At the remote prompting of JK, a mate who owns a bar here in Beijing, I went to check out out a bar called SOHO, which he told me had received a number of good write-ups on TripAdvisor (actually, only two not particularly convincing ones). Yet again, it was not open during the day, or even in the early evening. When I got there at around 5.30pm, the doors were open, so I wandered in for a look around. The staff were all seated in a row on a long bench seat, apparently awake but in a state of such complete catatonia that you fancied someone had taken the batteries out of them. They did not challenge my intrusion. When I asked when they were open for business, one of them grunted that it would not be until 8pm... "or maybe 9." When they say 'nightlife', it seems they really mean 'nightlife' in Guiyang!
SOHO, despite the unwelcoming demeanour of the staff, was, um, intriguing. Not enticing, I wouldn't say, but intriguing. It was huge, and quite impressively decorated, with wooden bar and furniture inside and redbrick cladding on the exterior which gave it something of the feel of Manhattan's Meatpacking District. However, I suspect that those positive online reviews either came from people who were too easily impressed - pleasantly surprised! - at finding a bar in Guiyang at all, or were confusing it with the dangerously similarly named Soho Times (which is, I gather, much smaller, and upstairs in a hotel - but foreign-owned). The drinks list wasn't very cheap, and mostly priced by the bottle. The main area was crowded with tall, high tables and stools, designed for couples or singletons, which is, I think, a peculiarly Chinese - or Asian, anyway - idea. I can see that there's some sense in it, but it does tend to inhibit the sociability of a bar; indeed, it seems to assume that people who frequent bars have no friends (um, so, yes, I can see that it makes a lot of sense, actually; no, not really - I'm just feeling glum about my recent abandonment by all of my friends). "Entertainment" seems to come mainly in the form of a house band, who, I would imagine (it's a safe bet!), play cheesy Chinese folk-pop. Apart from the unexpected hint of class conjured by the decor, this looked fundamentally like your typical Chinese nightclub - to put it in Beijing terms, more Vic's or Mix than The Den or 1st Floor.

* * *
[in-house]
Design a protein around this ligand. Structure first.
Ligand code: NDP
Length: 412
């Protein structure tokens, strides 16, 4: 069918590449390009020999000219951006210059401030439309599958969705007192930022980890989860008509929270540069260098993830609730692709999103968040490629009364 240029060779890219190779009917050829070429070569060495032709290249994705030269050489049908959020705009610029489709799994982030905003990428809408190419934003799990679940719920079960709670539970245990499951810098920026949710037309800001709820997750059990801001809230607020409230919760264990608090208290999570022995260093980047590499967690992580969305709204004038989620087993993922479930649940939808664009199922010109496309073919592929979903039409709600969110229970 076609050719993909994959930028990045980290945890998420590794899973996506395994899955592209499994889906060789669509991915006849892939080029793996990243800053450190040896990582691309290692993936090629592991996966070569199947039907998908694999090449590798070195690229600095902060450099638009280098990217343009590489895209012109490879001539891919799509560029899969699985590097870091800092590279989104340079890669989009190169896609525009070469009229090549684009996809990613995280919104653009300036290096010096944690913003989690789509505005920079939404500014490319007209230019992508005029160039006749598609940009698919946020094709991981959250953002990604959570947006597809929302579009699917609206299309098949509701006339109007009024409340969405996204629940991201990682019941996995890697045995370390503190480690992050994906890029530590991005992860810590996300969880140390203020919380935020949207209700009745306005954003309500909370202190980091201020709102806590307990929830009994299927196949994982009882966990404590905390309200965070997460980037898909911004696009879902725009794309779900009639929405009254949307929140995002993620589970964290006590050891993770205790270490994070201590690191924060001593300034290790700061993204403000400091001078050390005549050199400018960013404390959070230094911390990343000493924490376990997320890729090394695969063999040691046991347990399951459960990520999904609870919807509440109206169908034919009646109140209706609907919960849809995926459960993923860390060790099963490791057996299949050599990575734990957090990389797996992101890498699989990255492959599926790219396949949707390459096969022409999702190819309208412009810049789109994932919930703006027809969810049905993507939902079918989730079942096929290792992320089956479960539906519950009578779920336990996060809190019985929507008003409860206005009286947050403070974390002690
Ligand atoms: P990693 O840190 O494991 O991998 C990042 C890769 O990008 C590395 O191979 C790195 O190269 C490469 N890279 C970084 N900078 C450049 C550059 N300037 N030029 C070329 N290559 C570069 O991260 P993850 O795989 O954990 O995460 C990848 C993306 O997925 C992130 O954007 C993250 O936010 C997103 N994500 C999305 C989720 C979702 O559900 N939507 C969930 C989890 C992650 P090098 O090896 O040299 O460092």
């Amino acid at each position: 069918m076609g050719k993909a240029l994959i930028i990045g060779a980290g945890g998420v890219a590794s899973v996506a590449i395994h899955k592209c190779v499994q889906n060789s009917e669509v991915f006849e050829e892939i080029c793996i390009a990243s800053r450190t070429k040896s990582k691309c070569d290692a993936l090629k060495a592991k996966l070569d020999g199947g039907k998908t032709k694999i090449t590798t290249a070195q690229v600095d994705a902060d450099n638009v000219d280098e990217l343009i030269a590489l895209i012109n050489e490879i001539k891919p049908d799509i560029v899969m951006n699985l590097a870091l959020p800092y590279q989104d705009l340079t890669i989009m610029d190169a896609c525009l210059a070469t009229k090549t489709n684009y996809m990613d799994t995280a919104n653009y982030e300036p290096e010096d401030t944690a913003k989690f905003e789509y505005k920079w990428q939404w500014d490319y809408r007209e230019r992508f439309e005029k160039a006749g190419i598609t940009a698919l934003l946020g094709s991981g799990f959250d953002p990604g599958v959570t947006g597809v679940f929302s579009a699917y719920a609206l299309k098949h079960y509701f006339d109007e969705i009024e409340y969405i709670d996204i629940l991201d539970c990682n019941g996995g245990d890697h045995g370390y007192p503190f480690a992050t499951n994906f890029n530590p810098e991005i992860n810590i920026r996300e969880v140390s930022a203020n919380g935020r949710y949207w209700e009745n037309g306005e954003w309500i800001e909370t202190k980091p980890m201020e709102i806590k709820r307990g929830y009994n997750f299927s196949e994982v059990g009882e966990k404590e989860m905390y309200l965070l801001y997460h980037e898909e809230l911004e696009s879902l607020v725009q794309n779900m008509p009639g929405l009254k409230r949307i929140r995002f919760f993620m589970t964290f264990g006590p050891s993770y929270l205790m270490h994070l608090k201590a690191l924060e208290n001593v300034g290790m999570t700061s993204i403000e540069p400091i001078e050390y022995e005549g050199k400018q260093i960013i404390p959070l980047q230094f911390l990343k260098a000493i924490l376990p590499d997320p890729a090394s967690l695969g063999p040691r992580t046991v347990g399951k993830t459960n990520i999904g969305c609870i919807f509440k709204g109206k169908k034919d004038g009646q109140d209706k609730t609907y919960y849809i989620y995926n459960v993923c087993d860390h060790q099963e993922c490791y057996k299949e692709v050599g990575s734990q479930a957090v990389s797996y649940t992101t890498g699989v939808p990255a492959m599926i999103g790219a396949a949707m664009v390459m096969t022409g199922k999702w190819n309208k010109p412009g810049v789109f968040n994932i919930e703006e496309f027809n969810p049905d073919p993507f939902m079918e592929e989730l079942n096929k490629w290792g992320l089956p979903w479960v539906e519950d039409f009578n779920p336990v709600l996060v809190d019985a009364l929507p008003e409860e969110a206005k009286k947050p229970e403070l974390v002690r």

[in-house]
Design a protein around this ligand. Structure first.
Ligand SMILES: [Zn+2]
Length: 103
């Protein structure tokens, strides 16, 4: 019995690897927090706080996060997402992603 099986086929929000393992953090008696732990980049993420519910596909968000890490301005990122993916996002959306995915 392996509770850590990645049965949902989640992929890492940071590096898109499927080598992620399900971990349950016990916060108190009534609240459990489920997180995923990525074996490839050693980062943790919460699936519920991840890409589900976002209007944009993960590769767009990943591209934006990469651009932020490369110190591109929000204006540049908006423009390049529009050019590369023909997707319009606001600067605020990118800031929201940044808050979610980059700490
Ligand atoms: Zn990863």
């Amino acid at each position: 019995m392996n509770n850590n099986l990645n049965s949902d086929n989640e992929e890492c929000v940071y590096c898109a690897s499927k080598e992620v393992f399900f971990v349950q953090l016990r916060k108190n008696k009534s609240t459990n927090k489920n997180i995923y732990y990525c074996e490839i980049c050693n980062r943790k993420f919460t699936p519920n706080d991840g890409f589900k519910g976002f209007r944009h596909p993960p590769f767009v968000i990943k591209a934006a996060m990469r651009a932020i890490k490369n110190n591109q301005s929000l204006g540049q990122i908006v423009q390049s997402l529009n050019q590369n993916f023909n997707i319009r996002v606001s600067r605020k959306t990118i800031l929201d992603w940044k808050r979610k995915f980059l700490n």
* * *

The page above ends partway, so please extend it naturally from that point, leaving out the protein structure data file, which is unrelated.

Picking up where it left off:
The major benefit of this abortive expedition was that it brought me to Kexue Lu, the street on which SOHO is nominally situated (although in fact it fronts on to the much bigger - but mysteriously unnamed?! - main road around the corner), and Kexue Lu is such a spectacularly grotty little enclave that I found it quite fascinating (the rather glitzy SOHO is glaringly out of place in this rundown locale): it's a short, narrow alleyway, barely 150 yards long, which winds between two large buildings which look like disused warehouses - both rather old and careworn, in advanced states of disrepair, and surely to be slated for demolition sooner rather than later. But for now, tiny, sleazy little bars seem to be blooming like mushrooms out of this dismal patch of inner city decay.
Of course, none of them were open when I cruised past shortly before 6pm. So, this, I'm afraid is why I am unable to comment more incisively on what is behind the apparent boom in Guiyang's bar scene: I didn't actually manage to go into a single bar while I was there, because I was on the lookout for an afternoon reviver or a pre-dinner drink, and the earliest any of these places seemed to open was 7pm.
One of those little bars on the Kexue strip was called Dear Life. As in "RUN for dear life!" Not the most positive associations for an English speaker, perhaps, but I rather liked it. If I ever go back to Guiyang, I think Dear Life is more likely to get my custom than SOHO.